Freeze on Clean Energy / Renewable Energy

Ohio lawmakers try again weaken efficiency, renewable energy rules but risk Governor John Kasich’s veto

Utility upgrades to power lines and power plants would count toward "energy efficiency" under proposed revisions in the state's energy efficiency standards, allowing utilities that reach state goals to collect more money as "shared savings." (Plain Dealer file)

Utility upgrades to power lines and power plants would count toward “energy efficiency” under proposed revisions in the state’s energy efficiency standards, allowing utilities that reach state goals to collect more money as “shared savings.” (Plain Dealer file)

COLUMBUS — “A showdown appears to be developing between Gov. John Kasich and GOP legislative leaders over rules requiring Ohio’s power companies to sell more power generated by renewables such as wind and solar and to help customers use less electricity by converting to more efficient lighting, appliances and equipment.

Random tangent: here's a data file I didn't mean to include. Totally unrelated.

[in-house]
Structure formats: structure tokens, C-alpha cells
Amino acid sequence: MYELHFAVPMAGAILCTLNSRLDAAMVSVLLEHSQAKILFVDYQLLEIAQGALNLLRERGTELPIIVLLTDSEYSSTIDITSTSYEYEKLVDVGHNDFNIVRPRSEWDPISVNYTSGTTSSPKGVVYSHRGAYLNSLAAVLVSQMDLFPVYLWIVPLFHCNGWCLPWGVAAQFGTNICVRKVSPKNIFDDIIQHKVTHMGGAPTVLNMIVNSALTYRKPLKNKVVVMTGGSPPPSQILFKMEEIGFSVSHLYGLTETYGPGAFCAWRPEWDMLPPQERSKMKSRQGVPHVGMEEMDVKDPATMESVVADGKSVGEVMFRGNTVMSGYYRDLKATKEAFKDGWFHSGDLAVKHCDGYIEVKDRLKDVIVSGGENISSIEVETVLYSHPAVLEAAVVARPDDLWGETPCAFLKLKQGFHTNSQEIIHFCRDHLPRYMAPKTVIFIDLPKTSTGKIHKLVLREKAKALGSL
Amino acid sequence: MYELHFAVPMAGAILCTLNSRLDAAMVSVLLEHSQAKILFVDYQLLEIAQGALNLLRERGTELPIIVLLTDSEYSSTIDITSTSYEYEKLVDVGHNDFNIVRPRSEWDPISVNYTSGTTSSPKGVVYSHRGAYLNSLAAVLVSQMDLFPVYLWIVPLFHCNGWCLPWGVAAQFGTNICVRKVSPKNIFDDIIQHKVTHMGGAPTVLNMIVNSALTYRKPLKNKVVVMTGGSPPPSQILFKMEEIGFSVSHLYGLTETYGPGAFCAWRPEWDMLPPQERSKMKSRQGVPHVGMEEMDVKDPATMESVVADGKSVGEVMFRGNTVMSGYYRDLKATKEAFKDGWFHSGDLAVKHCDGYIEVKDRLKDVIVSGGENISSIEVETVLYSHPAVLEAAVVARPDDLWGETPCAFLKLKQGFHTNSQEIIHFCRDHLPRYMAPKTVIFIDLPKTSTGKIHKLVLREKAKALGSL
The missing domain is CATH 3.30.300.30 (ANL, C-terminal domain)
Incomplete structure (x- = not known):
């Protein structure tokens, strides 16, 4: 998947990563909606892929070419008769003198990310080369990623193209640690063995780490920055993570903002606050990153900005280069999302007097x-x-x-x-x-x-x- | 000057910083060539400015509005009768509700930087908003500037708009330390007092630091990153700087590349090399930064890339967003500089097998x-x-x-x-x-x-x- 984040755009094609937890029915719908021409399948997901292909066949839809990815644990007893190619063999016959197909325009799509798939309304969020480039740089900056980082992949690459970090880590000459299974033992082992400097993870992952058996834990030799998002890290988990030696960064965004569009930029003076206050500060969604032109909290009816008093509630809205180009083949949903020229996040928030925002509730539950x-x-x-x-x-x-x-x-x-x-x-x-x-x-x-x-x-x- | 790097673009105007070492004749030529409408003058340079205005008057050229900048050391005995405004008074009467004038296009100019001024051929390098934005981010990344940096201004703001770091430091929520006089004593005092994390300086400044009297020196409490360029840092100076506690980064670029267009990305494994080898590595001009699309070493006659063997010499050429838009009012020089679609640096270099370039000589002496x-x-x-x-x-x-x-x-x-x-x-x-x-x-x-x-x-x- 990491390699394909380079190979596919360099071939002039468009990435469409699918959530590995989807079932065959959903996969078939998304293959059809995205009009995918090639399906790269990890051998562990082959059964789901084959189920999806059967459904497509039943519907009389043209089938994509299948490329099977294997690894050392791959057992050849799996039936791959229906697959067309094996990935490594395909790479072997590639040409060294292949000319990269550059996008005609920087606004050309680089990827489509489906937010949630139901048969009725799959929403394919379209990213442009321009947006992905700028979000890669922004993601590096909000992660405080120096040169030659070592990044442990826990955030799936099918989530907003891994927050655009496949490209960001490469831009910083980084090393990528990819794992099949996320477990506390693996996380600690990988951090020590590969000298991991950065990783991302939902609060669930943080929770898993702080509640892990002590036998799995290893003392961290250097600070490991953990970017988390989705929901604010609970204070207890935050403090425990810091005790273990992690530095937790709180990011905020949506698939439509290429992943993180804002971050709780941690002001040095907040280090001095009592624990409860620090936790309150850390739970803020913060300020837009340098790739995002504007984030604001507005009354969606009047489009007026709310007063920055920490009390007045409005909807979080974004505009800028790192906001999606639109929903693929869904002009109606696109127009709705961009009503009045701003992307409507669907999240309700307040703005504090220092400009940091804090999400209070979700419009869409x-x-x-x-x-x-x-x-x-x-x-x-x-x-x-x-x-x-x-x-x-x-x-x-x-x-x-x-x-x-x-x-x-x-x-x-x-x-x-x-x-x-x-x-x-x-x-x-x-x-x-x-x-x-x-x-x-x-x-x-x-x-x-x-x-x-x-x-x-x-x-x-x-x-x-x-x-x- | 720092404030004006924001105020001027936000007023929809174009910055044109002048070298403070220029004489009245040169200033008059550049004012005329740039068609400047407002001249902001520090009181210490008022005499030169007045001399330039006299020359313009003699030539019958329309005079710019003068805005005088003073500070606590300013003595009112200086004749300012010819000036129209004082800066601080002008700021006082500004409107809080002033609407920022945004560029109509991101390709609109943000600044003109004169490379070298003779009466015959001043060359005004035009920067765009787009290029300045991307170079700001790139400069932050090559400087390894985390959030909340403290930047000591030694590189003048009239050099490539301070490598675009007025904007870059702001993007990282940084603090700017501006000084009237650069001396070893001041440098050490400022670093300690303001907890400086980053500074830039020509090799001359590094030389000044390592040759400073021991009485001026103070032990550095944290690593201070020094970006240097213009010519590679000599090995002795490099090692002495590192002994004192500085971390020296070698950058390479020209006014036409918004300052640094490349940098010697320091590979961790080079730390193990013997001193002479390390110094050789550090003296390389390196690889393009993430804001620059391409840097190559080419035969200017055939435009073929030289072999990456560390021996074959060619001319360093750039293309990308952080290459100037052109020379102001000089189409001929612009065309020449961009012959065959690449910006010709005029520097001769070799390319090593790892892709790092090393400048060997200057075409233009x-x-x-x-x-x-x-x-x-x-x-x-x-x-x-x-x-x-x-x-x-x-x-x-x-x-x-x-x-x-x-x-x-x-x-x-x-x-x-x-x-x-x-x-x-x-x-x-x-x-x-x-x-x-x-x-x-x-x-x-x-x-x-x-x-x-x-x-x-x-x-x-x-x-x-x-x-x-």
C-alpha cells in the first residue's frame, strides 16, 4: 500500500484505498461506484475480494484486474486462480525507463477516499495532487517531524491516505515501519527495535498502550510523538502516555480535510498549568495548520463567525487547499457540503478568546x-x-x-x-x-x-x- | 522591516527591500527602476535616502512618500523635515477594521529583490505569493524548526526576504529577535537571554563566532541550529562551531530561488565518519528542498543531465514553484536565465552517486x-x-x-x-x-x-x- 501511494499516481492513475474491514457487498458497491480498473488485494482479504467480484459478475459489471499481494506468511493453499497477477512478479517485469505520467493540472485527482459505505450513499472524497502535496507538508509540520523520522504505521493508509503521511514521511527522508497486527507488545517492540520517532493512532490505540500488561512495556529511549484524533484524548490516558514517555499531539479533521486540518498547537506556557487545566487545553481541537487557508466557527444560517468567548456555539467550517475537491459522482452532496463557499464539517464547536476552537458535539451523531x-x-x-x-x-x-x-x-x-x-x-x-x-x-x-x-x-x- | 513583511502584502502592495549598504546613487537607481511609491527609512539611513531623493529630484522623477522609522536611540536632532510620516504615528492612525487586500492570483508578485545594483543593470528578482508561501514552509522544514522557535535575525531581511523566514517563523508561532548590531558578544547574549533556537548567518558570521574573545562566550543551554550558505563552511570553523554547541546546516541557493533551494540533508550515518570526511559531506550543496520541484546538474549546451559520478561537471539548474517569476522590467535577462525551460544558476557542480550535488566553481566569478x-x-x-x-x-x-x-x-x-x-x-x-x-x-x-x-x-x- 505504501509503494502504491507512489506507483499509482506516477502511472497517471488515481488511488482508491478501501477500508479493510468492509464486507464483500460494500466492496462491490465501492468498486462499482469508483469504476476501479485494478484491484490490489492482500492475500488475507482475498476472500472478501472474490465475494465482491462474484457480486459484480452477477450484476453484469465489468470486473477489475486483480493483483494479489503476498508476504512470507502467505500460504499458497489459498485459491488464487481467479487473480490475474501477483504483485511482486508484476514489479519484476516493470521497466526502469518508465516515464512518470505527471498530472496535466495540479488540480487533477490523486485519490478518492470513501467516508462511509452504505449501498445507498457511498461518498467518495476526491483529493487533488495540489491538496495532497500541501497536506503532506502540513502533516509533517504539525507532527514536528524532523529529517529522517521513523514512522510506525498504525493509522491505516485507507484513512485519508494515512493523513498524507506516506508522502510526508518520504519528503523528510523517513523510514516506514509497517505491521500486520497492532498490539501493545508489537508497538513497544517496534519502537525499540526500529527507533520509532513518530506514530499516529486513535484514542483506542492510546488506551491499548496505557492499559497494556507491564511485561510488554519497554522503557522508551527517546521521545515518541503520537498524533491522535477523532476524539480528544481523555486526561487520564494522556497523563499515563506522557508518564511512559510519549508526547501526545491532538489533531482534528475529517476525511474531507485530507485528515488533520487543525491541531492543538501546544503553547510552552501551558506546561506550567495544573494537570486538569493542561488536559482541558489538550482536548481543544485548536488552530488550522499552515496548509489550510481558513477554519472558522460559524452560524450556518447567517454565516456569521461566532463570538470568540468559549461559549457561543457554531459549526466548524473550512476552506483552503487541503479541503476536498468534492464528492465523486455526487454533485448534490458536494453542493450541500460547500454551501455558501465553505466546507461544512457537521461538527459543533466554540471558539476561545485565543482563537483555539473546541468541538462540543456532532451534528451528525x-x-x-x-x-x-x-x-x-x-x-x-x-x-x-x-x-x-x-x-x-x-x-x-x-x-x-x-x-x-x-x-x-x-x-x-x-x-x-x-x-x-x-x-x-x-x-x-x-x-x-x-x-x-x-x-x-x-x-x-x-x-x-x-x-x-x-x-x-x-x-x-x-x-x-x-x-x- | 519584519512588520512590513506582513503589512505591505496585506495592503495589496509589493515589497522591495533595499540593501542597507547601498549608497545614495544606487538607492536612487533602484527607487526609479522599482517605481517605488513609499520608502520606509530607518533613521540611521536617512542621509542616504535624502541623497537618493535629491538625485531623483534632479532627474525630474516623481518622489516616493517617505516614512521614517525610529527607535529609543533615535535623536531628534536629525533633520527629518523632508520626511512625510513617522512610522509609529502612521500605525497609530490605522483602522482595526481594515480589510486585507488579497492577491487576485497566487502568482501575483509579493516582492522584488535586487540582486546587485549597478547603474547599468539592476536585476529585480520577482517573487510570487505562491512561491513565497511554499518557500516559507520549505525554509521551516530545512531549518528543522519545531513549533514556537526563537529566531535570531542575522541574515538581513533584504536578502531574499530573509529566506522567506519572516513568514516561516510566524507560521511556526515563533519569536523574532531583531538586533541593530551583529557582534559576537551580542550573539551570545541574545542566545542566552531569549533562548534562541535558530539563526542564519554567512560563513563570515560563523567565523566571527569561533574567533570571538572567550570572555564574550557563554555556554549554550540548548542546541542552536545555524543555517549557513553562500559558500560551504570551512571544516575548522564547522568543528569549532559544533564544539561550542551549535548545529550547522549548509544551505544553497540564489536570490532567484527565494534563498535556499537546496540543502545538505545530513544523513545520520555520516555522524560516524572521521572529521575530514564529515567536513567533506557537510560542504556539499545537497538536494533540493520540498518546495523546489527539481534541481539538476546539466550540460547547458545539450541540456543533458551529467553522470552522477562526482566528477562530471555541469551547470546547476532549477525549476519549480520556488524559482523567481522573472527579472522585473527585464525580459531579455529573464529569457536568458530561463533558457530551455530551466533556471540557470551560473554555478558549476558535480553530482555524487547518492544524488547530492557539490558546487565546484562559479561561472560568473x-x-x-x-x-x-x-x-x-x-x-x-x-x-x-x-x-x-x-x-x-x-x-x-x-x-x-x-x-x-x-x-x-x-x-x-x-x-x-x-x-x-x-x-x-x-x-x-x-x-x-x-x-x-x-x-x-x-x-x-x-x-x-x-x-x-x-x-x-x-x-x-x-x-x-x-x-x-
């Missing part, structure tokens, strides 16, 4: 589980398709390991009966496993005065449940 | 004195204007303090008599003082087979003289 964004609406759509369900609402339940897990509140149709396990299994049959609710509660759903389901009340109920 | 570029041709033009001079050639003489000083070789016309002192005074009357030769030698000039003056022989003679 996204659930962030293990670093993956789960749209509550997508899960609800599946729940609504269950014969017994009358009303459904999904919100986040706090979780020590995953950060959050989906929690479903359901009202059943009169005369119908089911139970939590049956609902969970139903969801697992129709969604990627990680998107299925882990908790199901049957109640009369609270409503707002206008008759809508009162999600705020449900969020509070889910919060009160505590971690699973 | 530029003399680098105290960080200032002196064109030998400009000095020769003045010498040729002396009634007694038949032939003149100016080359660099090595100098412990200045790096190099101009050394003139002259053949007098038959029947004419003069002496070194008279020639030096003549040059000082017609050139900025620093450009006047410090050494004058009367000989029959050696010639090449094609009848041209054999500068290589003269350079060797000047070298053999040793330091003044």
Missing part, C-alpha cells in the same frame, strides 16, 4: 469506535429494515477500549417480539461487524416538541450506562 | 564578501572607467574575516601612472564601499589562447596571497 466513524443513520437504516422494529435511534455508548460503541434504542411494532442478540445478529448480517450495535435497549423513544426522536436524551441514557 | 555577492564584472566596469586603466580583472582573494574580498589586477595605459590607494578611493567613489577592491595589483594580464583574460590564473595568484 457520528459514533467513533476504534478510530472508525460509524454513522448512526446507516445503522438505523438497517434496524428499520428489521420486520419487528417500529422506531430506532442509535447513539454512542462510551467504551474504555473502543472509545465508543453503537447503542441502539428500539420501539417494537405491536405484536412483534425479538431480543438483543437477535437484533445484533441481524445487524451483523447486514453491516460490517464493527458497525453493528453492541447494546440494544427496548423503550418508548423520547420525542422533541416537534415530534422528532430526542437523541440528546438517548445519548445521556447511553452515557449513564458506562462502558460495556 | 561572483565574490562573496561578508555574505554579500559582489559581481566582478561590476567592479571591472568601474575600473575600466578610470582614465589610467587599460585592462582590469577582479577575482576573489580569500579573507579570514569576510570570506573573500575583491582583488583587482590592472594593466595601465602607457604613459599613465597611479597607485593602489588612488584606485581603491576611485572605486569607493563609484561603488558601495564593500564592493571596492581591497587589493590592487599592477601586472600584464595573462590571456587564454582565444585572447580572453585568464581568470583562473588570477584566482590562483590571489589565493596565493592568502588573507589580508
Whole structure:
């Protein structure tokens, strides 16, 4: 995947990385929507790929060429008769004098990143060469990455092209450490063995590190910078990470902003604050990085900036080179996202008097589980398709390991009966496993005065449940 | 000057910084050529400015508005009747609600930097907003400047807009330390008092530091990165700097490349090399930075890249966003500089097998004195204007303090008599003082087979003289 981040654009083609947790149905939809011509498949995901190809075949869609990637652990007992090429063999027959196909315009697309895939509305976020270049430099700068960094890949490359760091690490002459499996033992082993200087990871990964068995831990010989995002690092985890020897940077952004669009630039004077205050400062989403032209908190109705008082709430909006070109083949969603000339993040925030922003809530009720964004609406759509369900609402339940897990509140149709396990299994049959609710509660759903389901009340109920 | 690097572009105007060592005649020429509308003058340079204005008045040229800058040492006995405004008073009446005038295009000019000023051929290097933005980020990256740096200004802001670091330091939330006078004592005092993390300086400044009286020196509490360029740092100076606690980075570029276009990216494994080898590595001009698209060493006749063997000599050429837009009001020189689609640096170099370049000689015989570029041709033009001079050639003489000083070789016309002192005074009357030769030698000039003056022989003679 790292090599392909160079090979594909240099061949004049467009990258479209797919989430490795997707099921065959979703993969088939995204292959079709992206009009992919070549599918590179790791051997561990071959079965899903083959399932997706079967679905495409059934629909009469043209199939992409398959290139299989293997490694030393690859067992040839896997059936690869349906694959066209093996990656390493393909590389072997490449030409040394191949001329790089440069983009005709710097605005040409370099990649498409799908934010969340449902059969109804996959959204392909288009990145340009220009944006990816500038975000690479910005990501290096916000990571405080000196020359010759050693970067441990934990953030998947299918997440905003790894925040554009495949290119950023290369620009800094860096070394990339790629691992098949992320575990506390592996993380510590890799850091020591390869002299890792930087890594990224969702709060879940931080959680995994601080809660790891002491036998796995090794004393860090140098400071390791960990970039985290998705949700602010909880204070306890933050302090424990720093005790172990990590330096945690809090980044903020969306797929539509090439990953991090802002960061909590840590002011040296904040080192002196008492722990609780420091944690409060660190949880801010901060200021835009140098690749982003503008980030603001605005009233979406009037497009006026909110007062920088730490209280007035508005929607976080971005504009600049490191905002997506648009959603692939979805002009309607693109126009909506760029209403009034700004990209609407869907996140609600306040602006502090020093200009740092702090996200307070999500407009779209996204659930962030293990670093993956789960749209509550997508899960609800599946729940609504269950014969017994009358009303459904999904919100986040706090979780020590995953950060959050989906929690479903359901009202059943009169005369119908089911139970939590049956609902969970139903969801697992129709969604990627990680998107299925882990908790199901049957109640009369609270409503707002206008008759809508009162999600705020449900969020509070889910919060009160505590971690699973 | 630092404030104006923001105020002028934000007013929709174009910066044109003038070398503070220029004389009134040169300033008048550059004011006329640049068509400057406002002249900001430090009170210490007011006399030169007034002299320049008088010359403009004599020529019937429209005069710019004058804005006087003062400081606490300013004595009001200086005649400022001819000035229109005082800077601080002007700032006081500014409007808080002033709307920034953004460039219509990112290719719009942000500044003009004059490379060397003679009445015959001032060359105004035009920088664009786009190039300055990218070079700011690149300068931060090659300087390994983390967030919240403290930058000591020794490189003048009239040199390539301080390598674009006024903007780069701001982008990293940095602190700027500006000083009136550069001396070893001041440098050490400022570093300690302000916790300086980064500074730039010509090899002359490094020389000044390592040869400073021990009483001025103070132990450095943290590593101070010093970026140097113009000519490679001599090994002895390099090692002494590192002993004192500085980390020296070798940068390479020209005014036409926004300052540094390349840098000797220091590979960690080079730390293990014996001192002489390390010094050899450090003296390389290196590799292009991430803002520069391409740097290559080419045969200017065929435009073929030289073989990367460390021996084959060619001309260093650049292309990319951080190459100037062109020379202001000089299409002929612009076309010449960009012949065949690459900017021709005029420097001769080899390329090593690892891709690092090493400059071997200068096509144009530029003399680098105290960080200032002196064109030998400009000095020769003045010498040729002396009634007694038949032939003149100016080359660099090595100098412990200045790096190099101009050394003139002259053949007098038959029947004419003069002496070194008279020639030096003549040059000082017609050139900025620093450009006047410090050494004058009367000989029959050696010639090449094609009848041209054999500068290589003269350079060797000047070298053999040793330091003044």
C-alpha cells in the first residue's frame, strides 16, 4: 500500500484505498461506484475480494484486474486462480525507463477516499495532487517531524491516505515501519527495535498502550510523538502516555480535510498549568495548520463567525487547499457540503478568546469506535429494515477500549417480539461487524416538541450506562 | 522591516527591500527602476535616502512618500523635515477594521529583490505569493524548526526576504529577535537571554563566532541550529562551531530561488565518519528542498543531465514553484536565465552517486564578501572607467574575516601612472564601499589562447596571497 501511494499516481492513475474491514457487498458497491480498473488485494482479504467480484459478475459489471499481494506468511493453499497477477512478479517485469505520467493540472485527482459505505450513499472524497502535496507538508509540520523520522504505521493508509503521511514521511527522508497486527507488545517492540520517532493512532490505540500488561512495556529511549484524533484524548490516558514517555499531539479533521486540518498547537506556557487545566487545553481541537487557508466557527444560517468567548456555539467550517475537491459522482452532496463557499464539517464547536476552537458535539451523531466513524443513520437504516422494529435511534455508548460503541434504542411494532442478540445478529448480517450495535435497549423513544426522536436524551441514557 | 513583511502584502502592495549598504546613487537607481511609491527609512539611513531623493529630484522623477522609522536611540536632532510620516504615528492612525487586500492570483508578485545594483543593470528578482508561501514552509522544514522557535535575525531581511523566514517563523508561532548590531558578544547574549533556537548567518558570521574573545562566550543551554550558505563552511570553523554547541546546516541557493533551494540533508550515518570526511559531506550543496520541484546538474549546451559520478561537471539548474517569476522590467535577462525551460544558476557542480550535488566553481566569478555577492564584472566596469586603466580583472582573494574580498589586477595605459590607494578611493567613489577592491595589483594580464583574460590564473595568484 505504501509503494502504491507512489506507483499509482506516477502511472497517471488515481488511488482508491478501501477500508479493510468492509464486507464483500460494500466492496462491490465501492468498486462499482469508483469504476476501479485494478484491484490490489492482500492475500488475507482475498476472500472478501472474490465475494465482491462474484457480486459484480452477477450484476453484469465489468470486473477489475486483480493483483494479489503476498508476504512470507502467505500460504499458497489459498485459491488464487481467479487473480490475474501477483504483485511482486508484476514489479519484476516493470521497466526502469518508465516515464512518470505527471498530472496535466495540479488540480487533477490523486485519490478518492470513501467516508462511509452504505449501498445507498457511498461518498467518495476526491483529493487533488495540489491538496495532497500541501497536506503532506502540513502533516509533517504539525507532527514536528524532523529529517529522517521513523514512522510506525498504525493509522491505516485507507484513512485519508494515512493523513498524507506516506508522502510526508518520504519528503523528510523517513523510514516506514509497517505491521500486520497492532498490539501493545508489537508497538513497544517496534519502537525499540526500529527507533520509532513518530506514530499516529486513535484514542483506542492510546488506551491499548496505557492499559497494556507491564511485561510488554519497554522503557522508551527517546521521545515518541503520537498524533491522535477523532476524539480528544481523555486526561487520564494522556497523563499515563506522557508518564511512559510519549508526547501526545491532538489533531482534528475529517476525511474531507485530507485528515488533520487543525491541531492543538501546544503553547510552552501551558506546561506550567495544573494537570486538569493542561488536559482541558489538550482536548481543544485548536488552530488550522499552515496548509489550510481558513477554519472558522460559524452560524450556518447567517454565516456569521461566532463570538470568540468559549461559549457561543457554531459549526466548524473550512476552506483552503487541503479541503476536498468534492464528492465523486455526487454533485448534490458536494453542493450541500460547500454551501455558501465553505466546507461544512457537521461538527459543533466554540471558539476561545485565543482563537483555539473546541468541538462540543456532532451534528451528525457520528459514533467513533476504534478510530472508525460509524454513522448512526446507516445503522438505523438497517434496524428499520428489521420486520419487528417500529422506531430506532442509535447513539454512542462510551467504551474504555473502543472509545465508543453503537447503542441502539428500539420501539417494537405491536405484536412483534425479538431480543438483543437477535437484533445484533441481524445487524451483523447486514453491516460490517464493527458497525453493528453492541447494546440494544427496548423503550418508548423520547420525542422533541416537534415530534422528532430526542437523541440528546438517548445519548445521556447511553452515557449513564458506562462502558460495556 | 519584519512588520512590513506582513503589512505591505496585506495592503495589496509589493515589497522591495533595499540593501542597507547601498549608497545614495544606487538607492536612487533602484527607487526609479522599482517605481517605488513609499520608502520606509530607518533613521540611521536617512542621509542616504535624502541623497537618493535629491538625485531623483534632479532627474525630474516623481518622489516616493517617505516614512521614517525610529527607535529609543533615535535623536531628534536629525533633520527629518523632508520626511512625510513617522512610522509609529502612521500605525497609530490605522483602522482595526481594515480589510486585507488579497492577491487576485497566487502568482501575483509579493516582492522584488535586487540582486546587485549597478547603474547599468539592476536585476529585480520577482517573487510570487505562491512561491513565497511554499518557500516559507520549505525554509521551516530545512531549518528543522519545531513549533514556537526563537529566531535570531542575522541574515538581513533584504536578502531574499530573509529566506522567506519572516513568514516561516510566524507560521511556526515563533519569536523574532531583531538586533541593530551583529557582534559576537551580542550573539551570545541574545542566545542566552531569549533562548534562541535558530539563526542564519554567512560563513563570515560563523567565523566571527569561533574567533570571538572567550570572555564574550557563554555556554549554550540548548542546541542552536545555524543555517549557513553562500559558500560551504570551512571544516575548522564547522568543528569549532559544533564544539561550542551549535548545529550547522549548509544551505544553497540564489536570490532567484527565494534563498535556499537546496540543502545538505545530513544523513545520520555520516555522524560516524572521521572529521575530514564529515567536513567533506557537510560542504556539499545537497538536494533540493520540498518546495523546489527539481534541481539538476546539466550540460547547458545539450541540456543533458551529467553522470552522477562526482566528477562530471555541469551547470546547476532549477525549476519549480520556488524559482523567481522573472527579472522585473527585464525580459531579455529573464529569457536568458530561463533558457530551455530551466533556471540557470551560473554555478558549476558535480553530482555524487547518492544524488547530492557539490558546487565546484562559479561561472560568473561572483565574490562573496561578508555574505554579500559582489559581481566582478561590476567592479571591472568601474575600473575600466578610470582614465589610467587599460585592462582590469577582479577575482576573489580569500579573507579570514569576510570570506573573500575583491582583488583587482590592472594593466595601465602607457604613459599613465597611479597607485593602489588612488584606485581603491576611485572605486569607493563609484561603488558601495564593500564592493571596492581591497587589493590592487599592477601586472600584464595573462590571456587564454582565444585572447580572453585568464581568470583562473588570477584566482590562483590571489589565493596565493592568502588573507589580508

The original law, which every lawmaker but one voted to approve in 2008, required that 12.5 percent of all power sold in the state come from wind and solar and other renewable technologies by 2025.

The General Assembly suspended or ‘froze’ that mandate in 2014 after a bruising legislative battle. But the rule is scheduled to automatically come back to life Jan. 1.

Kasich has since vowed to veto any legislation that extends that freeze. During his presidential campaign, Kasich several times said he favored reasonable wind and solar development and recounted his veto threat.

Sen. William Seitz, R-Cincinnati, today released a revised version of his legislation, Senate Bill 320, which doesn’t exactly extend the freeze. Instead it delays the time when utilities will have to prove they are complying.

Reaction from the governor’s office was short and carefully worded but emphatic.

‘The governor has been clear regarding the need to work with the General Assembly to craft a bill that supports a diverse mix of reliable, low-cost energy sources while preserving the gains we have made in the state’s economy,’ said Emalee Kalmbach, Kasich’s spokeswoman.

Samantha Williams, an attorney with the Natural Resources Defense Council and an opponent of efforts to scrap or modify the mandates, said the re-write appears ‘to be the same old junk’: cutting down money-saving energy efficiency standards, watering down what ‘counts’ as renewables and efficiency, and turning the standards into toothless, unenforceable ‘goals.'”

— John Funk, Cleveland Plain Dealer

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